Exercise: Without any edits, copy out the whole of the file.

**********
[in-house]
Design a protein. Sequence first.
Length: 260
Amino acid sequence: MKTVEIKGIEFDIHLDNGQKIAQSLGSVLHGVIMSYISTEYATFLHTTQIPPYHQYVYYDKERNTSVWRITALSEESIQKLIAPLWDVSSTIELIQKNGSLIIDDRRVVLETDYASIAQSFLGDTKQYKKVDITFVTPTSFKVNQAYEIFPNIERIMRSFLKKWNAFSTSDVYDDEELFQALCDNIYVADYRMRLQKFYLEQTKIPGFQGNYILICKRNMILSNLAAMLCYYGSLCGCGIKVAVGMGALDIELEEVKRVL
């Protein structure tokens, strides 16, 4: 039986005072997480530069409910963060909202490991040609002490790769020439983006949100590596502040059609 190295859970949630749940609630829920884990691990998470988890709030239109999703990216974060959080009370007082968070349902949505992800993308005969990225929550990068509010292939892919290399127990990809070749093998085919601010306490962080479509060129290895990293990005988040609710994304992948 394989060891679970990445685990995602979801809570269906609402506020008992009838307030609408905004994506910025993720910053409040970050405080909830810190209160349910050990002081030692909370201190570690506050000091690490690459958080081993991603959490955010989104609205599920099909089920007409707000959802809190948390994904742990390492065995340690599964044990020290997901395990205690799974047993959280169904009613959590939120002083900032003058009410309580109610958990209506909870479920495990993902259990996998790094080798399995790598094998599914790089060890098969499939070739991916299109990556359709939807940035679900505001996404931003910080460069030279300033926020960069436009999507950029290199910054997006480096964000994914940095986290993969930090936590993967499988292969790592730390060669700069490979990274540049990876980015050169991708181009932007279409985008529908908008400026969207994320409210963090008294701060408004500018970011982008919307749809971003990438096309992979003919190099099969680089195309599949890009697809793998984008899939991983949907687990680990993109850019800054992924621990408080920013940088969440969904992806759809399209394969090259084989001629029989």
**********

[in-house]
Design a protein. Sequence first.
Length: 260
Amino acid sequence: MKTVEIKGIEFDIHLDNGQKIAQSLGSVLHGVIMSYISTEYATFLHTTQIPPYHQYVYYDKERNTSVWRITALSEESIQKLIAPLWDVSSTIELIQKNGSLIIDDRRVVLETDYASIAQSFLGDTKQYKKVDITFVTPTSFKVNQAYEIFPNIERIMRSFLKKWNAFSTSDVYDDEELFQALCDNIYVADYRMRLQKFYLEQTKIPGFQGNYILICKRNMILSNLAAMLCYYGSLCGCGIKVAVGMGALDIELEEVKRVL
């Protein structure tokens, strides 16, 4: 039986005072997480530069409910963060909202490991040609002490790769020439983006949100590596502040059609 190295859970949630749940609630829920884990691990998470988890709030239109999703990216974060959080009370007082968070349902949505992800993308005969990225929550990068509010292939892919290399127990990809070749093998085919601010306490962080479509060129290895990293990005988040609710994304992948 394989060891679970990445685990995602979801809570269906609402506020008992009838307030609408905004994506910025993720910053409040970050405080909830810190209160349910050990002081030692909370201190570690506050000091690490690459958080081993991603959490955010989104609205599920099909089920007409707000959802809190948390994904742990390492065995340690599964044990020290997901395990205690799974047993959280169904009613959590939120002083900032003058009410309580109610958990209506909870479920495990993902259990996998790094080798399995790598094998599914790089060890098969499939070739991916299109990556359709939807940035679900505001996404931003910080460069030279300033926020960069436009999507950029290199910054997006480096964000994914940095986290993969930090936590993967499988292969790592730390060669700069490979990274540049990876980015050169991708181009932007279409985008529908908008400026969207994320409210963090008294701060408004500018970011982008919307749809971003990438096309992979003919190099099969680089195309599949890009697809793998984008899939991983949907687990680990993109850019800054992924621990408080920013940088969440969904992806759809399209394969090259084989001629029989």